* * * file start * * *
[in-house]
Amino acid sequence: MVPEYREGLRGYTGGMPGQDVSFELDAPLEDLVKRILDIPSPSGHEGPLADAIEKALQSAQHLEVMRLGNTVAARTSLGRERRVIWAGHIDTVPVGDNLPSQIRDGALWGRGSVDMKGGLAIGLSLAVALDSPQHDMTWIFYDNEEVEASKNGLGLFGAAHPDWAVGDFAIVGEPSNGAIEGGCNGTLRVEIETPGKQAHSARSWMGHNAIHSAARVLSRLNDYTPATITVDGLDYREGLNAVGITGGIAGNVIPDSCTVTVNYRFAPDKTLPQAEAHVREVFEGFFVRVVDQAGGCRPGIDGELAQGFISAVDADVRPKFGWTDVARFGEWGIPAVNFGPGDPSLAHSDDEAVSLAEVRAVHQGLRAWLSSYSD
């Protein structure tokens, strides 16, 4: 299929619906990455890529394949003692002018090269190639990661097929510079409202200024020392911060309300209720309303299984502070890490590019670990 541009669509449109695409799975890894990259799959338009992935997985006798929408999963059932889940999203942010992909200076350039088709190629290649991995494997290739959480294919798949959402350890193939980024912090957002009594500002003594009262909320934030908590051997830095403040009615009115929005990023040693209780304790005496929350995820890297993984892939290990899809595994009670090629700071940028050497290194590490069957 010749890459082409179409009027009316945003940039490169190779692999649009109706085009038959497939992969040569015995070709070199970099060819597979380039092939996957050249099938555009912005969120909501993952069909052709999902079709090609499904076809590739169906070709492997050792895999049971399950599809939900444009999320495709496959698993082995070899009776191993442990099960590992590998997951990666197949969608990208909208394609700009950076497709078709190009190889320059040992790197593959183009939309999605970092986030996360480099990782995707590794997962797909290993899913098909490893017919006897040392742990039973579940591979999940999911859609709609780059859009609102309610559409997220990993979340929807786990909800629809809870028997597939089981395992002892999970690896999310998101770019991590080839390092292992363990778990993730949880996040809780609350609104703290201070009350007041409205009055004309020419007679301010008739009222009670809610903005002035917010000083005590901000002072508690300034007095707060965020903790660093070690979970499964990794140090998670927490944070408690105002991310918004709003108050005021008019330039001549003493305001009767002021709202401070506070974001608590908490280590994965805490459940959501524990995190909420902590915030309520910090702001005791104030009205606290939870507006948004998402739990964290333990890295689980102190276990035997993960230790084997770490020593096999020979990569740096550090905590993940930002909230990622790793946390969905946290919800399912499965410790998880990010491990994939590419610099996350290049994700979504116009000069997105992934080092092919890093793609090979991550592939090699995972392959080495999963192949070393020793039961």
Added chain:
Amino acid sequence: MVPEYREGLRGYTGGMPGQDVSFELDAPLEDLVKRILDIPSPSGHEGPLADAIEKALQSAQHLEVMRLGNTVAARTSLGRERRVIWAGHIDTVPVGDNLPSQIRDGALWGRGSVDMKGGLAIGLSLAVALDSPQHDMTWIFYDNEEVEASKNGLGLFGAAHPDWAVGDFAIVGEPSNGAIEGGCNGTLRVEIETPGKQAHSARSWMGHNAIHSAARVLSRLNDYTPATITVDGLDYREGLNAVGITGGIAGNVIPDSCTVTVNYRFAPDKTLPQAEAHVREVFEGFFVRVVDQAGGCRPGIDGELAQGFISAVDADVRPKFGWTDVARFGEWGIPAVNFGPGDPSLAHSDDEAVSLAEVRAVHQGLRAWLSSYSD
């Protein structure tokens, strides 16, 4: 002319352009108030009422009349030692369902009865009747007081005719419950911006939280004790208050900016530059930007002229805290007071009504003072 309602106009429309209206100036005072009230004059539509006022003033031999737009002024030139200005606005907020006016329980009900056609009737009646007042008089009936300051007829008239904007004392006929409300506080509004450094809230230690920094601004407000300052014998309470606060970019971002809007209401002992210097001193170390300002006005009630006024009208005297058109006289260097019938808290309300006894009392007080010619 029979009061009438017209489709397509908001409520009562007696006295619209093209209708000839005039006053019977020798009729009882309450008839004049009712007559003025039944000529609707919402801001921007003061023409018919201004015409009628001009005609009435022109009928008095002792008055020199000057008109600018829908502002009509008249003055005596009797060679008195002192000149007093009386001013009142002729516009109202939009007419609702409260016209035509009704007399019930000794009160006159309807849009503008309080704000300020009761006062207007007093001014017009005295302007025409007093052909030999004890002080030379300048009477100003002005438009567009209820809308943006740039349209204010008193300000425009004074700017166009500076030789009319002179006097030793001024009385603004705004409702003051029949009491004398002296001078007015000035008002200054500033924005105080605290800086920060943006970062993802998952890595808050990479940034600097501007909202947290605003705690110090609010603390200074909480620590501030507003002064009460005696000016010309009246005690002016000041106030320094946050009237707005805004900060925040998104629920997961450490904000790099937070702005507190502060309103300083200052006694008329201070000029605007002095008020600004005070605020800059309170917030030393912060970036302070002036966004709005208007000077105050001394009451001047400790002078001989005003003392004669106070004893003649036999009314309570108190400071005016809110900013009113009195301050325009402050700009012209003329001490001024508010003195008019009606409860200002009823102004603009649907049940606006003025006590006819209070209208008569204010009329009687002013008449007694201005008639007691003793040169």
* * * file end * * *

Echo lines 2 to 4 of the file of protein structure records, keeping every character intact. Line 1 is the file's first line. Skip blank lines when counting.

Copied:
Amino acid sequence: MVPEYREGLRGYTGGMPGQDVSFELDAPLEDLVKRILDIPSPSGHEGPLADAIEKALQSAQHLEVMRLGNTVAARTSLGRERRVIWAGHIDTVPVGDNLPSQIRDGALWGRGSVDMKGGLAIGLSLAVALDSPQHDMTWIFYDNEEVEASKNGLGLFGAAHPDWAVGDFAIVGEPSNGAIEGGCNGTLRVEIETPGKQAHSARSWMGHNAIHSAARVLSRLNDYTPATITVDGLDYREGLNAVGITGGIAGNVIPDSCTVTVNYRFAPDKTLPQAEAHVREVFEGFFVRVVDQAGGCRPGIDGELAQGFISAVDADVRPKFGWTDVARFGEWGIPAVNFGPGDPSLAHSDDEAVSLAEVRAVHQGLRAWLSSYSD
């Protein structure tokens, strides 16, 4: 299929619906990455890529394949003692002018090269190639990661097929510079409202200024020392911060309300209720309303299984502070890490590019670990 541009669509449109695409799975890894990259799959338009992935997985006798929408999963059932889940999203942010992909200076350039088709190629290649991995494997290739959480294919798949959402350890193939980024912090957002009594500002003594009262909320934030908590051997830095403040009615009115929005990023040693209780304790005496929350995820890297993984892939290990899809595994009670090629700071940028050497290194590490069957 010749890459082409179409009027009316945003940039490169190779692999649009109706085009038959497939992969040569015995070709070199970099060819597979380039092939996957050249099938555009912005969120909501993952069909052709999902079709090609499904076809590739169906070709492997050792895999049971399950599809939900444009999320495709496959698993082995070899009776191993442990099960590992590998997951990666197949969608990208909208394609700009950076497709078709190009190889320059040992790197593959183009939309999605970092986030996360480099990782995707590794997962797909290993899913098909490893017919006897040392742990039973579940591979999940999911859609709609780059859009609102309610559409997220990993979340929807786990909800629809809870028997597939089981395992002892999970690896999310998101770019991590080839390092292992363990778990993730949880996040809780609350609104703290201070009350007041409205009055004309020419007679301010008739009222009670809610903005002035917010000083005590901000002072508690300034007095707060965020903790660093070690979970499964990794140090998670927490944070408690105002991310918004709003108050005021008019330039001549003493305001009767002021709202401070506070974001608590908490280590994965805490459940959501524990995190909420902590915030309520910090702001005791104030009205606290939870507006948004998402739990964290333990890295689980102190276990035997993960230790084997770490020593096999020979990569740096550090905590993940930002909230990622790793946390969905946290919800399912499965410790998880990010491990994939590419610099996350290049994700979504116009000069997105992934080092092919890093793609090979991550592939090699995972392959080495999963192949070393020793039961």
Added chain: